A letter of employment offer extends an offer of employment to a candidate who the recruiter or hiring team has selected for a specific position. This letter is typically delivered to the employee after they’ve accepted either an initial email offer or verbal offer. Once the letter is signed and returned, the deal is official!
When you write a letter of employment offer, you’re denoting the start of an official business relationship, so it’s important to lay out the terms formally and clearly. Doing so shields both the employee and the company from confusion about to expect once employment commences. It also provides hard copy proof to the employee that the offer is sincere and authentic.
Here’s what to include when you write a letter of employment offer: the title of the position and the name of the company, plus the name of the employee’s manager and their title. Also, include employee status (full-time or part-time); start date; salary amount; pay period (weekly, bi-monthly, monthly); and note whether the new hire will have exempt or non-exempt status, which ties to overtime pay. End the letter with details on benefits, and any information about a probationary period or conditions of employment.
Series of Tips/Steps
1. Open and close the letter with excitement
When you write a letter of employment offer, you want to convey to the prospective employee how pleased you are that they plan to accept the job. Even though the letter should have a professional tone, don’t be afraid to convey a little enthusiasm. Overall, keep the tone direct and business-like, but open with a sentence that expresses how pleased you are to extend the offer, and close with a sentence that expresses hope for a signature on the dotted line to make the deal official.
2. Get into the specifics
There’s a lot of ground to cover when you write a letter of employment offer. All key job specifics must be laid out, so both the employee and the company are in synch on expectations once the tenure begins. There are the basics to include—job title, company name, and start date. But then there are other items that need covering that typically have additional specifics included. For instance:
o Base salary: Indicate an annual total if the offer is for full-time employment (for example, $95,000 annually), or as an hourly total if the role isn’t full-time (for example, $45 per-hour).
o Employment status: Be sure to indicate if this position is part-time or full-time? (Full-time is usually 40-hours per week; part-time varies but is typically 20-30 hours per week)
o Paid time off (PTO): Be sure to specify if PTO is available immediately, or if it has to be accrued.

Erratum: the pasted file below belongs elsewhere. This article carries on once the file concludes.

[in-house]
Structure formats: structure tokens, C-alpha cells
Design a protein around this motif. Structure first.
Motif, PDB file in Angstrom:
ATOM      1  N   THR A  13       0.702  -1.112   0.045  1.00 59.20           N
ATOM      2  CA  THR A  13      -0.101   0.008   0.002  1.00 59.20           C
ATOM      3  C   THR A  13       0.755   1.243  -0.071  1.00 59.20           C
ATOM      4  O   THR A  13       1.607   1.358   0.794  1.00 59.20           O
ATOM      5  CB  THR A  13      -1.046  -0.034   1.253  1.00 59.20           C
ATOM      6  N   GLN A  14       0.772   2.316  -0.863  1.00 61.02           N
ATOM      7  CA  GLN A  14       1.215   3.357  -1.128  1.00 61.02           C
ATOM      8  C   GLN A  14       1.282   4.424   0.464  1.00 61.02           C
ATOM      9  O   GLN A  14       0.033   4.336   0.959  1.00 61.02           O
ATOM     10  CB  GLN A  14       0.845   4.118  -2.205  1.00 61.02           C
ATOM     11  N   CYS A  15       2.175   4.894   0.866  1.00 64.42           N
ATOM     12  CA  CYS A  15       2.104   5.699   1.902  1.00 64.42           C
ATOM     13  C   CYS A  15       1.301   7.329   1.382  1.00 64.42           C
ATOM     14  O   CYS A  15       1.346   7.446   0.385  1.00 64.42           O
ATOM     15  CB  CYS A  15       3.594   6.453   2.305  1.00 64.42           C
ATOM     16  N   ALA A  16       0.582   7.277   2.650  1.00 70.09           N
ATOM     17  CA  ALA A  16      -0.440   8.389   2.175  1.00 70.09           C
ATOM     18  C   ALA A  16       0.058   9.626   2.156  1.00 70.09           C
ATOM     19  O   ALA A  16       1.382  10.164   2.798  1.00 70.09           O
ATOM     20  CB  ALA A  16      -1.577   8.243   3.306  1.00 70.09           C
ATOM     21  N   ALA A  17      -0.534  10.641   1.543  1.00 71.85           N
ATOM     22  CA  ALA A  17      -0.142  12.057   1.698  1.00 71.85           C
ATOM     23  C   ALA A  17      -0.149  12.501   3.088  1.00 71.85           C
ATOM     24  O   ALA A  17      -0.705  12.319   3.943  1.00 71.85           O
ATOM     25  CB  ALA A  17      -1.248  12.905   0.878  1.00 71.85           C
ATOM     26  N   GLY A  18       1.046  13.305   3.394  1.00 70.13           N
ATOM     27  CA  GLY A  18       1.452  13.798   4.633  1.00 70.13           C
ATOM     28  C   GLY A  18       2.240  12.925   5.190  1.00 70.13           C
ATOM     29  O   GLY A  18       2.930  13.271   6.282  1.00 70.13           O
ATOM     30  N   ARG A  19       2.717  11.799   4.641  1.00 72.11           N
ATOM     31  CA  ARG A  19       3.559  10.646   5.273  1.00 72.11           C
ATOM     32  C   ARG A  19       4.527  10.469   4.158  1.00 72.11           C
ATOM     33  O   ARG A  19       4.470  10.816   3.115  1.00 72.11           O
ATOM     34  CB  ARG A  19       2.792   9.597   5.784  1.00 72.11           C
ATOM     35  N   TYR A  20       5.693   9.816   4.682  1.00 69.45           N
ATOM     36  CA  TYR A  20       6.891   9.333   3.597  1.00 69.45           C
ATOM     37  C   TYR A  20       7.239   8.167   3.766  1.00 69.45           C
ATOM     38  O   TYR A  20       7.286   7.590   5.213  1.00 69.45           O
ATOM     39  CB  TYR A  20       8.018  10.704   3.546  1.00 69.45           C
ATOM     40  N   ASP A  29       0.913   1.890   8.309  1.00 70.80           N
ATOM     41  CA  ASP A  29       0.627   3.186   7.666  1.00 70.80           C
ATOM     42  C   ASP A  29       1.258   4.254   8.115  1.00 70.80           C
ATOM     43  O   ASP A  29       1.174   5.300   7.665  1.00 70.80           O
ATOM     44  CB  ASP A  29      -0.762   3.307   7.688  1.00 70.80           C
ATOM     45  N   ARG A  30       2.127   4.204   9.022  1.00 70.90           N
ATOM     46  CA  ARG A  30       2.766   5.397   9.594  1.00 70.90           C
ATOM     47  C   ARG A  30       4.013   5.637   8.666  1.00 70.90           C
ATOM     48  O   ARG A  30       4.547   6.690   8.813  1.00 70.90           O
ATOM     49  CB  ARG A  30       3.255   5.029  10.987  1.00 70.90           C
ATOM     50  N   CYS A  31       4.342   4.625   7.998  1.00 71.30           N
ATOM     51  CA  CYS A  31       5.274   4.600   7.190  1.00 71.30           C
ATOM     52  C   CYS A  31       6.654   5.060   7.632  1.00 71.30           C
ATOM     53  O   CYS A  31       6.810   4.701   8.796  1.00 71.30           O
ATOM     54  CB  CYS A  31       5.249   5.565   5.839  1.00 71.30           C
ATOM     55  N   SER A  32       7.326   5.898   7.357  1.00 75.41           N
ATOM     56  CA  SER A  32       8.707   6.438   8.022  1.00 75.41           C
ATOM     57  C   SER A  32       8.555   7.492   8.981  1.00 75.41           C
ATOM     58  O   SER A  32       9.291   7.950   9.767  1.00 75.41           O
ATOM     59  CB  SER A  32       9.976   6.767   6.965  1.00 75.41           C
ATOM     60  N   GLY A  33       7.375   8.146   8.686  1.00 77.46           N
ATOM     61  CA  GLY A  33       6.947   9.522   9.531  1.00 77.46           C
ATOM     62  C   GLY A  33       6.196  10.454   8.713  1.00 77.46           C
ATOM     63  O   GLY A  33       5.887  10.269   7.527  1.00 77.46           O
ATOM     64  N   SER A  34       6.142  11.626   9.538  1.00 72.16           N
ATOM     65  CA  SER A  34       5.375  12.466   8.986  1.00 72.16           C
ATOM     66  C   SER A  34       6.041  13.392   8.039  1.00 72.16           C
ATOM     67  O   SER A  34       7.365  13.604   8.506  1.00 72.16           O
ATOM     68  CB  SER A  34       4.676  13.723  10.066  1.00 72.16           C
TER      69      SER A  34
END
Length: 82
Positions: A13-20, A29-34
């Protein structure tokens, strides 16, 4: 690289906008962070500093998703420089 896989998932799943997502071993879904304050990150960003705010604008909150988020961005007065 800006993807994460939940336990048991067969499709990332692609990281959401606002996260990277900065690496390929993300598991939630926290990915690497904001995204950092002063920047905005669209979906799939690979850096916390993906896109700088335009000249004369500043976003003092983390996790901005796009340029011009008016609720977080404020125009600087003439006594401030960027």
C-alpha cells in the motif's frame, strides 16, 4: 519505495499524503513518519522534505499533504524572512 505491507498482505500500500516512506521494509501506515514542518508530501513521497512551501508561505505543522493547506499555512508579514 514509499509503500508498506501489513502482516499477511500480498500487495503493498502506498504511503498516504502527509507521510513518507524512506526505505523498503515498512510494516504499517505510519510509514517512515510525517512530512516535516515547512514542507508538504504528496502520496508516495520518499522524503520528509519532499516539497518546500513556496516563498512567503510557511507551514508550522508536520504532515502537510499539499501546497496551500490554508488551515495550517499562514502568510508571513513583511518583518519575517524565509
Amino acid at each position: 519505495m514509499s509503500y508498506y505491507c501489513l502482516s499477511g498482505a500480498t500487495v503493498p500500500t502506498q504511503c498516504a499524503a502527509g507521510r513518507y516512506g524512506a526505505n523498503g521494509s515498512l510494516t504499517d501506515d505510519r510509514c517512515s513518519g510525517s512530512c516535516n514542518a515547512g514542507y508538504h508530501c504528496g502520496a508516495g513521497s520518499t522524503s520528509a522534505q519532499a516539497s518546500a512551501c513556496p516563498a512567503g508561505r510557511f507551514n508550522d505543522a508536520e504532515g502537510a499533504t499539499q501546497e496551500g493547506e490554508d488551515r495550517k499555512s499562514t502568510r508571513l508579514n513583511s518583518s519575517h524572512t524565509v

o Job duties: Consider detailing all job duties in a separate attachment, or briefly list these responsibilities in the offer letter.
o Benefits: Attach information about benefits in a separate document, or briefly outline these in the offer letter, noting eligibility requirements.
3. Specify important employment conditions
Job offers can sometimes be contingent on specific conditions, such as the completion and return of a Form I-9. Or your company might require a non-disclosure agreement signed to be signed and returned before the new hire’s start date. When you write a letter of employment offer to send off, be sure to include all documents that need to be signed prior to the first day, and note due dates and how the new hire should return these to you. Also attach any corresponding literature.
4. Define “at-will employment” (if applicable)
The majority of employment arrangements in today’s world are “at will.” This means that either the employee or the company may terminate the employment relationship at any time, for any reason, with or without notice or cause. If you’re enforcing this type of arrangement, clearly say so in the offer letter.
Also, include an entire agreement clause. This states that the letter of employment offer is complete and replaces all prior communication regarding the position.
5. Add some fun, reassuring content to the letter
Employment offers can be overwhelming in their breadth and formality. Make the letter less daunting by including, for example, information about a tour of the office, or an invitation to a new hire welcome. Always include a point of contact in case questions arise prior to the new hire’s first day.
6. Ask for a signature
When you write a letter of employment offer, you must leave room at the end for the employee to sign and date. The deal isn’t sealed until both parties have signed off on the letter of employment offer. Explicitly state in the letter that, by signing, the employee makes it clear they understand all terms of employment, including the fact that they’re an at-will employee (if applicable). If the offer expires, note an expiration date on the offer.
7. Legal today, less hassle tomorrow
Cover all your bases and take the letter to your legal department for a thorough review before mailing. This will ensure that the letter contains no loopholes or language that could be interpreted as discriminatory.